During the first week of January, the International Programs Center (IPC) welcomed 100 international exchange students to campus, including 56 new students and 44 students returning for their second semester. The new exchange students participated in a week full of orientation activities, including presentations, a campus tour, and trips to several local shopping centers. The IPC staff offered a number of presentations during the orientation week on topics such as academic advising, academic and non-academic life, and visa document information. In addition, staff from Campus Housing and Residence Life, UNCG Police, the Spartan Card Center, and the Student Health Center provided presentations, which helped orient the students to on-campus services and policies.
At the same time, UNCG welcomed 30 new international degree-seeking students. Due to the various other obligations of the degree-seeking students, their orientation was conducted in four hour blocks by Michael Elliott and Norma Velazquez.
During orientation week and throughout the semester, IPC is always thankful for the help and support we receive from faculty, staff, and our student volunteers in welcoming our international students. A special thanks to the PALs and study abroad returnees for their support. We look forward to a great semester!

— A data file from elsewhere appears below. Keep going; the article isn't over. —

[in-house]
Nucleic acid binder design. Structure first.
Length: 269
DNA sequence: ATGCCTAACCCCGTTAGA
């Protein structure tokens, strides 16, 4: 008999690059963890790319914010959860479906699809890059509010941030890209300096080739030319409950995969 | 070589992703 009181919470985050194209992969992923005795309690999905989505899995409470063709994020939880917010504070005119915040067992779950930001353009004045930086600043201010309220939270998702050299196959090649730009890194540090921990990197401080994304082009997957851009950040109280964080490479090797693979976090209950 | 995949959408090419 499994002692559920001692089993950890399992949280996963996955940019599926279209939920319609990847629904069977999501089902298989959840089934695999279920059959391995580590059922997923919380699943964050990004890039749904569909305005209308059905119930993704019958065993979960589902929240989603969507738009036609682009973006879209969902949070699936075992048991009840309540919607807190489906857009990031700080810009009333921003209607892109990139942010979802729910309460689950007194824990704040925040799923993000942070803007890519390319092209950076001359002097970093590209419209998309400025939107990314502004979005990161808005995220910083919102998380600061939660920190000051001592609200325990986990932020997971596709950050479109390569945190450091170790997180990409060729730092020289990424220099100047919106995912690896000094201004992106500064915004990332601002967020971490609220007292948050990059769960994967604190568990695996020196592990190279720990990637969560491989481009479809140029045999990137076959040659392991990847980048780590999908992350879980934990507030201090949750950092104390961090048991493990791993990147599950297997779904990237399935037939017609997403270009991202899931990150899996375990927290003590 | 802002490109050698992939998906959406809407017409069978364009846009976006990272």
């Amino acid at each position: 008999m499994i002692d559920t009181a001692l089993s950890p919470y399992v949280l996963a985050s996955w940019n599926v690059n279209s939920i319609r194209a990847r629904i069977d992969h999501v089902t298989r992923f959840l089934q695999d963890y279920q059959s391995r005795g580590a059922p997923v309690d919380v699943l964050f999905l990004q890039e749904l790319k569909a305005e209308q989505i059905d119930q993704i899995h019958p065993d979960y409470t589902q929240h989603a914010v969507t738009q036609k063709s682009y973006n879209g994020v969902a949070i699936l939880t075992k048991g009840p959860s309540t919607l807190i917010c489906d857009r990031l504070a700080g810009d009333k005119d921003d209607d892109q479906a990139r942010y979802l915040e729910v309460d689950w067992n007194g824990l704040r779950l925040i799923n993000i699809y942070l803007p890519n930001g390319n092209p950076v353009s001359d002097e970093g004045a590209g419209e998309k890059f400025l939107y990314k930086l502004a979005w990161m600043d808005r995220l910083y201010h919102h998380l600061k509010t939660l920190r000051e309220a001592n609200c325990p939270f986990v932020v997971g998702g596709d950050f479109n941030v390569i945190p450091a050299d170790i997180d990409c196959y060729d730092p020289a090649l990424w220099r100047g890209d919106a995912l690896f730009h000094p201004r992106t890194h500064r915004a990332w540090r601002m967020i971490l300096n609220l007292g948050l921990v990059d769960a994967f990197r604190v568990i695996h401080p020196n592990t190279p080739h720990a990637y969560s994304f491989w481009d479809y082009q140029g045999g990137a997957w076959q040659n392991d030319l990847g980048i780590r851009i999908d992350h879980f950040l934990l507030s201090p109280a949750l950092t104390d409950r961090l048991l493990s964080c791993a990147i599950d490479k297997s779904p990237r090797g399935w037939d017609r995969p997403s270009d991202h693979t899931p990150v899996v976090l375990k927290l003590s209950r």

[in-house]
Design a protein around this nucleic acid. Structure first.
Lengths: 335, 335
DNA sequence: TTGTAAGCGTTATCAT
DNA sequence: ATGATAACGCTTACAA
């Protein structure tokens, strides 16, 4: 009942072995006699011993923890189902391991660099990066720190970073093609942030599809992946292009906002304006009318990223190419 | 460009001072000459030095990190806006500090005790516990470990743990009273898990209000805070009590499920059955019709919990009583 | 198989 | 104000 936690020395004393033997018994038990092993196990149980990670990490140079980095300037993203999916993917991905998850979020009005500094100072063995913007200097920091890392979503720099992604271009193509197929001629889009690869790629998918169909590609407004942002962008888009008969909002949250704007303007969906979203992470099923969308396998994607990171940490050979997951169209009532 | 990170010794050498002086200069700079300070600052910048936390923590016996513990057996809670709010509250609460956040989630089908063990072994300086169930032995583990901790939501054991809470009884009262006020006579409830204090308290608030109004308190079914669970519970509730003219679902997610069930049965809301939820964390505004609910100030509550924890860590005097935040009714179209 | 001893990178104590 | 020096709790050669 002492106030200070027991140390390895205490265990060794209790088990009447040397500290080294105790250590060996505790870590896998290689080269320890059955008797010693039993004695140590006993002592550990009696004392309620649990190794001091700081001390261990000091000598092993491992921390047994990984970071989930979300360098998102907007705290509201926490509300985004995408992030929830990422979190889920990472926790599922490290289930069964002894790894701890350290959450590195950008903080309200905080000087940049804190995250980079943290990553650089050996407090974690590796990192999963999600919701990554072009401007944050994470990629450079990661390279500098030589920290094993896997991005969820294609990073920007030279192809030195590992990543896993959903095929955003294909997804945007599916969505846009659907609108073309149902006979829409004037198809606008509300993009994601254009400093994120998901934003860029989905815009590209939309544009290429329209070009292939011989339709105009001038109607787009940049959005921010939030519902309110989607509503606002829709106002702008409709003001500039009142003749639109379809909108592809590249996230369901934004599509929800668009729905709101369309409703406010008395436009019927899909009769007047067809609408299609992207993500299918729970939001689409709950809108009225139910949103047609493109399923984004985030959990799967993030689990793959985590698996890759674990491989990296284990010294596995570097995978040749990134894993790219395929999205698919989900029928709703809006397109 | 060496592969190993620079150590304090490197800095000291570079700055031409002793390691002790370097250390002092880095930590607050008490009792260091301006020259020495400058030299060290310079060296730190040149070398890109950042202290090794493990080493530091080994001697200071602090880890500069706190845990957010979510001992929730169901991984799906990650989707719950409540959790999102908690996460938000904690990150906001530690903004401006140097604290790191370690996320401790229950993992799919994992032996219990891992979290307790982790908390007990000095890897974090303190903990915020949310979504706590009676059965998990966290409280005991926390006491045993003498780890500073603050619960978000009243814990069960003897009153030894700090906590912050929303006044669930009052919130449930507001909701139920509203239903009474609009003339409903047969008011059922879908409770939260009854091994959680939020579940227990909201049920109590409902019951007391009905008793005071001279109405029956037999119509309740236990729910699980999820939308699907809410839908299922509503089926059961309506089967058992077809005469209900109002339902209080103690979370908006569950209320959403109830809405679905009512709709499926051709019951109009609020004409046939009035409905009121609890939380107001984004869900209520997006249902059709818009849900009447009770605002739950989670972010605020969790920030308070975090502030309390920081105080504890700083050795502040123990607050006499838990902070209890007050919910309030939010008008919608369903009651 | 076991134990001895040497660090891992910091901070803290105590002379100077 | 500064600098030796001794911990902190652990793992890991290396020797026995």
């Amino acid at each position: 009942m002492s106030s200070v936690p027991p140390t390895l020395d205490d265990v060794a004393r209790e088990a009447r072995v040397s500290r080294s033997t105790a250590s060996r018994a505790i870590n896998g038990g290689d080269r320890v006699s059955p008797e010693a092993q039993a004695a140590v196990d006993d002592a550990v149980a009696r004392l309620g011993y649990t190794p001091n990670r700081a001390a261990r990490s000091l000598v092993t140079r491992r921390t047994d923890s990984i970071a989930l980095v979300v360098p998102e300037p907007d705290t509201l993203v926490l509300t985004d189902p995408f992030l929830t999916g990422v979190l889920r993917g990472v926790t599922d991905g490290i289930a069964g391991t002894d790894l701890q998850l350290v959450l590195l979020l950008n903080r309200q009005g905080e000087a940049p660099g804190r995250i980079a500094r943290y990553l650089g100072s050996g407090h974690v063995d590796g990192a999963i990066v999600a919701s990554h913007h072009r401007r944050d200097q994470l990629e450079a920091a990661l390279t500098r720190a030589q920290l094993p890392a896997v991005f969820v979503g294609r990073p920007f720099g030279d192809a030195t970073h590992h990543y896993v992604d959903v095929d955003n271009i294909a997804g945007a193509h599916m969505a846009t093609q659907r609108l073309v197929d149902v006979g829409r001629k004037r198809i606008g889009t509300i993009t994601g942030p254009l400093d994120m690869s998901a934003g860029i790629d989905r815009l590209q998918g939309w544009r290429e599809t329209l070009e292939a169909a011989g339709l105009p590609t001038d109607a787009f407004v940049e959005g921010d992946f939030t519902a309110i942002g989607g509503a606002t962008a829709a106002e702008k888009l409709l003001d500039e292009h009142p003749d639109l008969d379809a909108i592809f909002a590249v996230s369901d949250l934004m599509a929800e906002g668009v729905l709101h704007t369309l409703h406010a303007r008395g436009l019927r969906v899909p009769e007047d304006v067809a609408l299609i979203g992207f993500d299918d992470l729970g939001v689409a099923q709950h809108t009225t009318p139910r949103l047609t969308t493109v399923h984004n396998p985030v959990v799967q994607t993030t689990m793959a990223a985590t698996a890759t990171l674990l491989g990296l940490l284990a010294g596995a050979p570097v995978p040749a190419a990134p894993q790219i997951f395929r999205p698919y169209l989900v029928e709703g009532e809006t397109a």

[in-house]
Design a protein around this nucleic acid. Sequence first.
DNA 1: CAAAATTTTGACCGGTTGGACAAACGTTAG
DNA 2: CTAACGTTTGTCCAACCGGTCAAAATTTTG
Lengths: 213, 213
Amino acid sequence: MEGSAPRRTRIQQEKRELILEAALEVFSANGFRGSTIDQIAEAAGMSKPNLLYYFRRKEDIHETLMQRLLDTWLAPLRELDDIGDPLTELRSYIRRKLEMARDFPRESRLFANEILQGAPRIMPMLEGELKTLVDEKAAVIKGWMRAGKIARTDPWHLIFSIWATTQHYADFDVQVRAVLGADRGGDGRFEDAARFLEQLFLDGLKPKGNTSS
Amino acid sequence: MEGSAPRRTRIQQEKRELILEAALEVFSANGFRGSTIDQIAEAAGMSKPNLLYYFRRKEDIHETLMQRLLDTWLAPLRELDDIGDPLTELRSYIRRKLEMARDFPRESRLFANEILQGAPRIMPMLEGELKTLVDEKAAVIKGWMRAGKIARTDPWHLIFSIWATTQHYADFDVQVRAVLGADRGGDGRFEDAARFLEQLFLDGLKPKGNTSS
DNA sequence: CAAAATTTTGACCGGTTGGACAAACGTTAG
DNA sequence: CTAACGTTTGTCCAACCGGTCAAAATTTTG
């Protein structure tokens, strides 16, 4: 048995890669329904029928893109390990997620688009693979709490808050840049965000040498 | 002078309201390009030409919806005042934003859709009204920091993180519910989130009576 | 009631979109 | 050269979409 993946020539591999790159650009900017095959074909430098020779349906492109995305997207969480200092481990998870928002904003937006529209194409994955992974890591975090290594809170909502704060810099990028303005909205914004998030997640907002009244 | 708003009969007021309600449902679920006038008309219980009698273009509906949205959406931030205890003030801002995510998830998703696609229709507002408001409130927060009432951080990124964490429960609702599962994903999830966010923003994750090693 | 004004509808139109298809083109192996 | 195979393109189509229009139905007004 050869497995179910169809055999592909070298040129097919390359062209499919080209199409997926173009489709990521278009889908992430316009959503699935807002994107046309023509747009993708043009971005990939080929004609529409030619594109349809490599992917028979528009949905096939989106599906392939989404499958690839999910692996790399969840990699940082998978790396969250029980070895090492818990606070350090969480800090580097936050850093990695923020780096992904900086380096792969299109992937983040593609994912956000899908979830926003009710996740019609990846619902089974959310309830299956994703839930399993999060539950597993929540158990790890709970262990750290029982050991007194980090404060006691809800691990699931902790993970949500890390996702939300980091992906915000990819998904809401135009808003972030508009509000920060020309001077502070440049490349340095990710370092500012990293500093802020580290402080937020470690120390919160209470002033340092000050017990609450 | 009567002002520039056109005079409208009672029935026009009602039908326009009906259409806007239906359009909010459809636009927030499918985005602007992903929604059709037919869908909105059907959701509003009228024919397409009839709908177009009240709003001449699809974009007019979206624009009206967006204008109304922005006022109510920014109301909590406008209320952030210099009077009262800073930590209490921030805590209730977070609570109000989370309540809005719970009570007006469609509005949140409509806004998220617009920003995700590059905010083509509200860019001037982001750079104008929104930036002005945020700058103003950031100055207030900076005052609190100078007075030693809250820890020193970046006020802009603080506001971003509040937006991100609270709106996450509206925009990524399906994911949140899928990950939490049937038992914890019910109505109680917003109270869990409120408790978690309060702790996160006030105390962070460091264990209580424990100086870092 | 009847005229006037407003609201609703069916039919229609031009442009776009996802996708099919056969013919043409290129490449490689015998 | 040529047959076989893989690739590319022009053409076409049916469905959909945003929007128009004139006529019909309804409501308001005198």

International Students receive International Honor
Anupam Nath is from Bangladesh and is currently pursuing a Master’s degree in Information Technology and Management. Jussi Ailisto is from Finland and is pursuing a Master’s in Business Administration. Mina Yu, an undergraduate student in Accounting, is from South Korea, and Truc Trinh, who is studying International Business and Marketing, is from Vietnam.
In order to be eligible for membership, students must study business at a university internationally accredited by AACSB (Association to Advance Collegiate Schools of Business), such as UNCG, and must be ranked in the upper ten percent of their undergraduate class during their junior or senior year or in the upper twenty percent of their graduating master’s class. Receiving membership into Beta Gamma Sigma is truly an honor since only about five percent of those graduating with baccalaureate or master's degrees in business receive the distinction. The mission of the international honor society is to encourage academic achievement in the study of business and personal and professional excellence in the practice of business.
To read more about UNCG’s chapter of Beta Gamma Sigma, go to: http://www.uncg.edu/bae/bgs/